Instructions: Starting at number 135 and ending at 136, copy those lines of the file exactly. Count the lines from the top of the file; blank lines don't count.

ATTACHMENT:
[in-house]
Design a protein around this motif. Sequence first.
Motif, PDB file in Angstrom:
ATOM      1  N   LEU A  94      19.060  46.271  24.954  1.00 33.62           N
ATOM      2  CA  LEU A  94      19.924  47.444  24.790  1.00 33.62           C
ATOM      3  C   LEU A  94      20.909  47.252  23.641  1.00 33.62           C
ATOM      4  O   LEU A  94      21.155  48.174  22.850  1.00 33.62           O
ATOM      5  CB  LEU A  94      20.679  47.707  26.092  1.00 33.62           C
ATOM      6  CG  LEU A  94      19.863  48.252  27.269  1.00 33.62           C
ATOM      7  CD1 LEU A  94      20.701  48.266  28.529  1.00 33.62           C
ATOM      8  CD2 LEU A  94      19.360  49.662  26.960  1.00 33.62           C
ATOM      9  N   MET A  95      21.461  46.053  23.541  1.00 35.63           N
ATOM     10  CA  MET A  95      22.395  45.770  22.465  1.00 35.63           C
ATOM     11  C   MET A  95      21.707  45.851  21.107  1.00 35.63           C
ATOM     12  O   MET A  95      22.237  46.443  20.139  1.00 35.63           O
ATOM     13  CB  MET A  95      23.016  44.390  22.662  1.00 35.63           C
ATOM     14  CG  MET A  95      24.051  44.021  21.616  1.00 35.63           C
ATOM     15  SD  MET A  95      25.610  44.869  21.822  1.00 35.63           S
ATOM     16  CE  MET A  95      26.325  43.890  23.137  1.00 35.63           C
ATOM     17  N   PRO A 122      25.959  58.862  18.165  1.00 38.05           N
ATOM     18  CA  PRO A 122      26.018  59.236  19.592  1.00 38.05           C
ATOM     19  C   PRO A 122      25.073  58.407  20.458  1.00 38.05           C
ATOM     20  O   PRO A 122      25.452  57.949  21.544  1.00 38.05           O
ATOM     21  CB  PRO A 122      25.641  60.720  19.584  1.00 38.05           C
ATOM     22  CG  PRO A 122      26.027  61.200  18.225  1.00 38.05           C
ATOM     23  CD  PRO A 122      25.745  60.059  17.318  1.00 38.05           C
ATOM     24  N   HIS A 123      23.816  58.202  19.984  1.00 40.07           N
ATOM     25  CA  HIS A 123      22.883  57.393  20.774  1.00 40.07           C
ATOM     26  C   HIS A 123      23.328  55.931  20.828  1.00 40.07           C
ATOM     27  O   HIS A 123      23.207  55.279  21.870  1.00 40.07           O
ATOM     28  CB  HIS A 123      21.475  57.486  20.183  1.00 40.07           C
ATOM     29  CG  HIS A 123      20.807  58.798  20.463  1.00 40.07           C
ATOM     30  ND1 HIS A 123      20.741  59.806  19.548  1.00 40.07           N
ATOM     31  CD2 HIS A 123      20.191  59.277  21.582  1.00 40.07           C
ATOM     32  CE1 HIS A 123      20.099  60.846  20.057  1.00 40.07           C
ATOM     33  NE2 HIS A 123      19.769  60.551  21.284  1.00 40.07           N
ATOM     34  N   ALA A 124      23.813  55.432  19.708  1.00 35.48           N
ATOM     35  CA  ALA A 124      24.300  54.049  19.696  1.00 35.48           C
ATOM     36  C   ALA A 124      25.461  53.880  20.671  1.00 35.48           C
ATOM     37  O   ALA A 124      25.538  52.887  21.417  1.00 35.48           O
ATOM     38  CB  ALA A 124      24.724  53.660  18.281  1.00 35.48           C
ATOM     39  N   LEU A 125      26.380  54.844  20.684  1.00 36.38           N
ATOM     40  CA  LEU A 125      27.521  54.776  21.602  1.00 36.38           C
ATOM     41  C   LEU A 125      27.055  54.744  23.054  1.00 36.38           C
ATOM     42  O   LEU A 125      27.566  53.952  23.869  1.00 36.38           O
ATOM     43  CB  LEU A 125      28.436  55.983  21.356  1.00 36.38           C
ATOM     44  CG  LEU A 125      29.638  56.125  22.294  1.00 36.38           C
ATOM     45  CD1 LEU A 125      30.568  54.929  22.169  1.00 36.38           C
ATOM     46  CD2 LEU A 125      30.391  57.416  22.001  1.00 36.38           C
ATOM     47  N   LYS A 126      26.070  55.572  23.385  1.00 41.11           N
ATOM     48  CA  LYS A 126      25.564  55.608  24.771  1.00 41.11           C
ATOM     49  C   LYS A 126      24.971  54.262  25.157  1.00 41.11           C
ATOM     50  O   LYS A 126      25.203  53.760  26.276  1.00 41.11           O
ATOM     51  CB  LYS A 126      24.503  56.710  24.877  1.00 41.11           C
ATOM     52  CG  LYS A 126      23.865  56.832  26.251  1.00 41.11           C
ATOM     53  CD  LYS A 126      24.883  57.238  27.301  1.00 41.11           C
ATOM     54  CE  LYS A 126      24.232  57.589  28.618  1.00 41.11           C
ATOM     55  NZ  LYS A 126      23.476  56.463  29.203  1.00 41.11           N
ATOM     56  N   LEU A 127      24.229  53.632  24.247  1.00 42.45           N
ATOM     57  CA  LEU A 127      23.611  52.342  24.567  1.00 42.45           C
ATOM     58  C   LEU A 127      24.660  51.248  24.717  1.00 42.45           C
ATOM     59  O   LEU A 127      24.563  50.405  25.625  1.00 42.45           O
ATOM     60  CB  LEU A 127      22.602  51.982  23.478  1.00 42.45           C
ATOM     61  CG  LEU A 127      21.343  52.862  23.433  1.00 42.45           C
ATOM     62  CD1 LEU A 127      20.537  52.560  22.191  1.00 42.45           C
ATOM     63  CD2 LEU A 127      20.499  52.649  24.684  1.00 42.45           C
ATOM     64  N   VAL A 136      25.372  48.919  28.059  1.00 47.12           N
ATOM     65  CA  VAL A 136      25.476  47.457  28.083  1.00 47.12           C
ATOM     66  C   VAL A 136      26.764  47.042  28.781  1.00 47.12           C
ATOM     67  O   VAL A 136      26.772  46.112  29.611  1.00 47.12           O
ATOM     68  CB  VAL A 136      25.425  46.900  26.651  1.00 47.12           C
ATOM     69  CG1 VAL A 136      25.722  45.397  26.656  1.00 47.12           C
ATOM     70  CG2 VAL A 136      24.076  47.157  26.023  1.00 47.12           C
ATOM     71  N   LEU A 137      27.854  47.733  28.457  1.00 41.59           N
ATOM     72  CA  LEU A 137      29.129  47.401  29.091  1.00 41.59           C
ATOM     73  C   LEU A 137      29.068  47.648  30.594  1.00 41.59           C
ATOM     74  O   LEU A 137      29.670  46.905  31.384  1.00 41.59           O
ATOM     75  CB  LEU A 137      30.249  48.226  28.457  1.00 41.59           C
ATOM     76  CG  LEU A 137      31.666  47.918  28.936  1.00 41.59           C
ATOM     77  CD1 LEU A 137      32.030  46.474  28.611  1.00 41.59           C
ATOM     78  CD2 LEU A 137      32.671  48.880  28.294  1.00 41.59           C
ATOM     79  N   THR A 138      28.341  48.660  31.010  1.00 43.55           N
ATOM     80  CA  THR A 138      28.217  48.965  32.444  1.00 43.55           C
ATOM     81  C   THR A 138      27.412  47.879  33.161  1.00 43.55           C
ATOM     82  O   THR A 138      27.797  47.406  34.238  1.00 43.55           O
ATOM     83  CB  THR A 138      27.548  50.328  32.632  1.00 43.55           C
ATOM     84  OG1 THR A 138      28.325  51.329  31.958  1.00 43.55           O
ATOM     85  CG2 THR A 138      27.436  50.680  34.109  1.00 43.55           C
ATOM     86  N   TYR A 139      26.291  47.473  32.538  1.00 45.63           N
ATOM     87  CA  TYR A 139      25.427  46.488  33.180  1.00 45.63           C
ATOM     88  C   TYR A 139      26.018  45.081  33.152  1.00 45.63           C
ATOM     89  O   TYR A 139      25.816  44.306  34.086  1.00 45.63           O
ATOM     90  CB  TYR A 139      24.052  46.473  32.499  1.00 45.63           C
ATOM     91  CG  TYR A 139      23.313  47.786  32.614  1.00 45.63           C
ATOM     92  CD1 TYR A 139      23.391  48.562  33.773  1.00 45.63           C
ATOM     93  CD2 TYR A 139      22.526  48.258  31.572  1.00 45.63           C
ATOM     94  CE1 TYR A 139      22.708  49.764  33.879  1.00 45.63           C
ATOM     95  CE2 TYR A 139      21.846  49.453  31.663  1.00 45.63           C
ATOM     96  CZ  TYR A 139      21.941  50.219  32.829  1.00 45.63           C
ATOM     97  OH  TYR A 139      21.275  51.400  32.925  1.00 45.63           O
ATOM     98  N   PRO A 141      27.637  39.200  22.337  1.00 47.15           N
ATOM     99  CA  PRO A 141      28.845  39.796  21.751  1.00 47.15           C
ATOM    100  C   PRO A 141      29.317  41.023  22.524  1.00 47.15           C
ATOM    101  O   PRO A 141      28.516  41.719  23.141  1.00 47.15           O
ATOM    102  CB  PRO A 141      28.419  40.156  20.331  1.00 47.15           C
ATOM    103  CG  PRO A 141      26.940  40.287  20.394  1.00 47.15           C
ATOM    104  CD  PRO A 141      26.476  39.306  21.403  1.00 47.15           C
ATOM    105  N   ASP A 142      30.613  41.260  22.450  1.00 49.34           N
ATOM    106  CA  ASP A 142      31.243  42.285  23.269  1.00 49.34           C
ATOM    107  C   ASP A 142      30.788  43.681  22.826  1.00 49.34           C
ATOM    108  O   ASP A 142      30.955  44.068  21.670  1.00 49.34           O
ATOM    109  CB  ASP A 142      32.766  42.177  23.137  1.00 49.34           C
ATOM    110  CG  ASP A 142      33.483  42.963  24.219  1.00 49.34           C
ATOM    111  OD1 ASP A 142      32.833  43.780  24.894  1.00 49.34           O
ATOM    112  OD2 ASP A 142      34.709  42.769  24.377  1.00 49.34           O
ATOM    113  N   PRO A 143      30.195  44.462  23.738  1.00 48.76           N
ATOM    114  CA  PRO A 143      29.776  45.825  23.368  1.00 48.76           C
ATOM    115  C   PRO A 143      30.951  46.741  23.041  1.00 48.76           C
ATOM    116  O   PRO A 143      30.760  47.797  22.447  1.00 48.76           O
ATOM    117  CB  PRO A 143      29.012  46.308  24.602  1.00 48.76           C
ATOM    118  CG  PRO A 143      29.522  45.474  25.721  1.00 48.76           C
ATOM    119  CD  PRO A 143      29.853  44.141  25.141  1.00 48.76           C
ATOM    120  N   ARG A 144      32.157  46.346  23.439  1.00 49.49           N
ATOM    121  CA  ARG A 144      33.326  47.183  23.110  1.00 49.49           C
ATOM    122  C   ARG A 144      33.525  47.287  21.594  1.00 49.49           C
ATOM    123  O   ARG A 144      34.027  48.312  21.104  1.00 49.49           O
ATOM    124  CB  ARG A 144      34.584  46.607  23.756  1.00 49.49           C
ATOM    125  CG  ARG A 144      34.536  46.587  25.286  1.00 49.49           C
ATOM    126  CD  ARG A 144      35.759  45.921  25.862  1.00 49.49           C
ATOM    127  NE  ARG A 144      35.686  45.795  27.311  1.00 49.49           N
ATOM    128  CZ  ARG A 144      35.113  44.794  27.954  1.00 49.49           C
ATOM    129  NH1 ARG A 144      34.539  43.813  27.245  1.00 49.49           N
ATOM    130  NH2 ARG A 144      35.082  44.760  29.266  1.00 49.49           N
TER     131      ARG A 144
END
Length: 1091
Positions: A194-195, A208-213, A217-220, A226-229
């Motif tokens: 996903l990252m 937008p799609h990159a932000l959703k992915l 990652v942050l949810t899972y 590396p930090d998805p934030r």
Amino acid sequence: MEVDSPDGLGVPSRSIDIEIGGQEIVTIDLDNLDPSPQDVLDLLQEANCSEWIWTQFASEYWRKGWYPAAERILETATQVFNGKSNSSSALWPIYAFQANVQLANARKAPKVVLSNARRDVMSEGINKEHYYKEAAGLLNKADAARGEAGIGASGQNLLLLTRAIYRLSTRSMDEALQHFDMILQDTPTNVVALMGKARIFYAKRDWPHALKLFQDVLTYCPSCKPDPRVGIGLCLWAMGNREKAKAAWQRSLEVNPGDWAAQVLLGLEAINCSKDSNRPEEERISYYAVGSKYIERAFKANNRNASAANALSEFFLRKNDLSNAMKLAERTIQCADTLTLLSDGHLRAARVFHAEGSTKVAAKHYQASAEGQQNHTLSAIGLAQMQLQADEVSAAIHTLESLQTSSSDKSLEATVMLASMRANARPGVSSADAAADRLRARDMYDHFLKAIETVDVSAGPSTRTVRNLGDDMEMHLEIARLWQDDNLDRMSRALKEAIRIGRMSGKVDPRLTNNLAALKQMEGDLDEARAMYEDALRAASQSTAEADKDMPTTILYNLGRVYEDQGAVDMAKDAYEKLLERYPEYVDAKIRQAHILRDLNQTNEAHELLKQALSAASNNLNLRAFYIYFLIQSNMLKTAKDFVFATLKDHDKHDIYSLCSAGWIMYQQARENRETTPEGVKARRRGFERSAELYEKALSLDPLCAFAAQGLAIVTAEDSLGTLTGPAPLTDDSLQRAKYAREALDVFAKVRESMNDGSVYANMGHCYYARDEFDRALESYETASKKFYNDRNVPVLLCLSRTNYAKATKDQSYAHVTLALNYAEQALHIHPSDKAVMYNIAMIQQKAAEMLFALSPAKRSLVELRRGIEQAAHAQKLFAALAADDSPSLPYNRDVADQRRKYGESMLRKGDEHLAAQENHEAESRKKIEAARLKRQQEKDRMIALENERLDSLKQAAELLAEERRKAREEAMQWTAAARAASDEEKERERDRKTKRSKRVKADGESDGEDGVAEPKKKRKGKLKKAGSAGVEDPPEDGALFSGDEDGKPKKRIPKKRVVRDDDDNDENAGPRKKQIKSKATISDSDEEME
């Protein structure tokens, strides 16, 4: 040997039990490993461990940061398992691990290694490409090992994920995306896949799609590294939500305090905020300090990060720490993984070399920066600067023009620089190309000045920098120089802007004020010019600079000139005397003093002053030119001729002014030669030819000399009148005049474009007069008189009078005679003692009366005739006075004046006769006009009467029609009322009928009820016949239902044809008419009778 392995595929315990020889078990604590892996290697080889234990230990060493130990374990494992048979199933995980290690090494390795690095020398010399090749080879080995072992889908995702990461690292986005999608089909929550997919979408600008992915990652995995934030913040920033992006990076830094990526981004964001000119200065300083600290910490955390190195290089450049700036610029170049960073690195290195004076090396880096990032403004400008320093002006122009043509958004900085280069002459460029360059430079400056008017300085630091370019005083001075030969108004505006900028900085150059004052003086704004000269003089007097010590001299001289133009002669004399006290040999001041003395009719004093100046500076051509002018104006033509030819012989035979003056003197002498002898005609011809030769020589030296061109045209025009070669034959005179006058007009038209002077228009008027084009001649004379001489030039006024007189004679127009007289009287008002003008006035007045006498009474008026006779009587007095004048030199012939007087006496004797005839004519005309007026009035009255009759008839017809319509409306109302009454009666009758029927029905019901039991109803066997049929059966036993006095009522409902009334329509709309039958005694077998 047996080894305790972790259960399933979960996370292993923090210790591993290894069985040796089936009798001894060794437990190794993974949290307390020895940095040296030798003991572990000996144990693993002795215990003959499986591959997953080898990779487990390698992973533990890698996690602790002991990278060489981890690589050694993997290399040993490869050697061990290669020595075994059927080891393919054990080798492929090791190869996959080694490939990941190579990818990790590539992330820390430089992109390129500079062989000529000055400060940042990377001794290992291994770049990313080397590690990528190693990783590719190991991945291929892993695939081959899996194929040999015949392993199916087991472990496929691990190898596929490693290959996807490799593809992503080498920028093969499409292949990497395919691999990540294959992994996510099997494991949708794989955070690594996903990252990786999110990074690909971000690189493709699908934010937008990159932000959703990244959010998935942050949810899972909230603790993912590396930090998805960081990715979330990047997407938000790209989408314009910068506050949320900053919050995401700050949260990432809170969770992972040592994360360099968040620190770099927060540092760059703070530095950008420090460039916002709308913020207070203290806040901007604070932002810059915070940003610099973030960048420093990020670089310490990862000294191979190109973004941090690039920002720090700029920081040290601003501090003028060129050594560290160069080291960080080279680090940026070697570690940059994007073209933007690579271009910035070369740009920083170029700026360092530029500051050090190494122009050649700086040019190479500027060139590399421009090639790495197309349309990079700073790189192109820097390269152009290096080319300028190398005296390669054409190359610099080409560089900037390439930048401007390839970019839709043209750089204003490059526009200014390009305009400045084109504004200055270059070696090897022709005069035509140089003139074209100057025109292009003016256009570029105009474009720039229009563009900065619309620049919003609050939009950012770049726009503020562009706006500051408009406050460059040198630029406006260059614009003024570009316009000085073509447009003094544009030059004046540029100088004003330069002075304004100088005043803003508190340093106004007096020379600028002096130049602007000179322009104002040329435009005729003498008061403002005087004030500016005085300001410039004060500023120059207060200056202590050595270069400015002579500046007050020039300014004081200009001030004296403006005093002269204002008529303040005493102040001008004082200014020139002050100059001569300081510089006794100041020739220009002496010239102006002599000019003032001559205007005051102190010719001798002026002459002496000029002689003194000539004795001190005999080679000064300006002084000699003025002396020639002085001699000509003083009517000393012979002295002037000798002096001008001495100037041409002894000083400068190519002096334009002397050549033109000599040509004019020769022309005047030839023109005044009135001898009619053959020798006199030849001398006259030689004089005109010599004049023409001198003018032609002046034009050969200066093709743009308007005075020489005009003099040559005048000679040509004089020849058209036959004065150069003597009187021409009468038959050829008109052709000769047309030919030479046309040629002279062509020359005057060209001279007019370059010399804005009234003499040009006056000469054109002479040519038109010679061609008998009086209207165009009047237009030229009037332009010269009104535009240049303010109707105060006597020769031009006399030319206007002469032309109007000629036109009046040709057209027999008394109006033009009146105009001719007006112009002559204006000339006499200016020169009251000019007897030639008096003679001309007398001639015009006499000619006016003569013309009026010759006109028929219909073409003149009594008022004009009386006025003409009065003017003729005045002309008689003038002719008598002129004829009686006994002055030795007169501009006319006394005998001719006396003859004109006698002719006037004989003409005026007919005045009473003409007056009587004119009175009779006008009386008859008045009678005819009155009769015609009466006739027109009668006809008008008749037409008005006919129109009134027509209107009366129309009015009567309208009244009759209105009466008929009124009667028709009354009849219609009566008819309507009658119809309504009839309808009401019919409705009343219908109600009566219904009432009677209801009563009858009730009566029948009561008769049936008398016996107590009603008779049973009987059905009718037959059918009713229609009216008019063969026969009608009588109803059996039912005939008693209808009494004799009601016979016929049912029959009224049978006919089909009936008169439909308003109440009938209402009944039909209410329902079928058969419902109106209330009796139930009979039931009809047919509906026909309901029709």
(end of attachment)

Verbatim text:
END
Length: 1091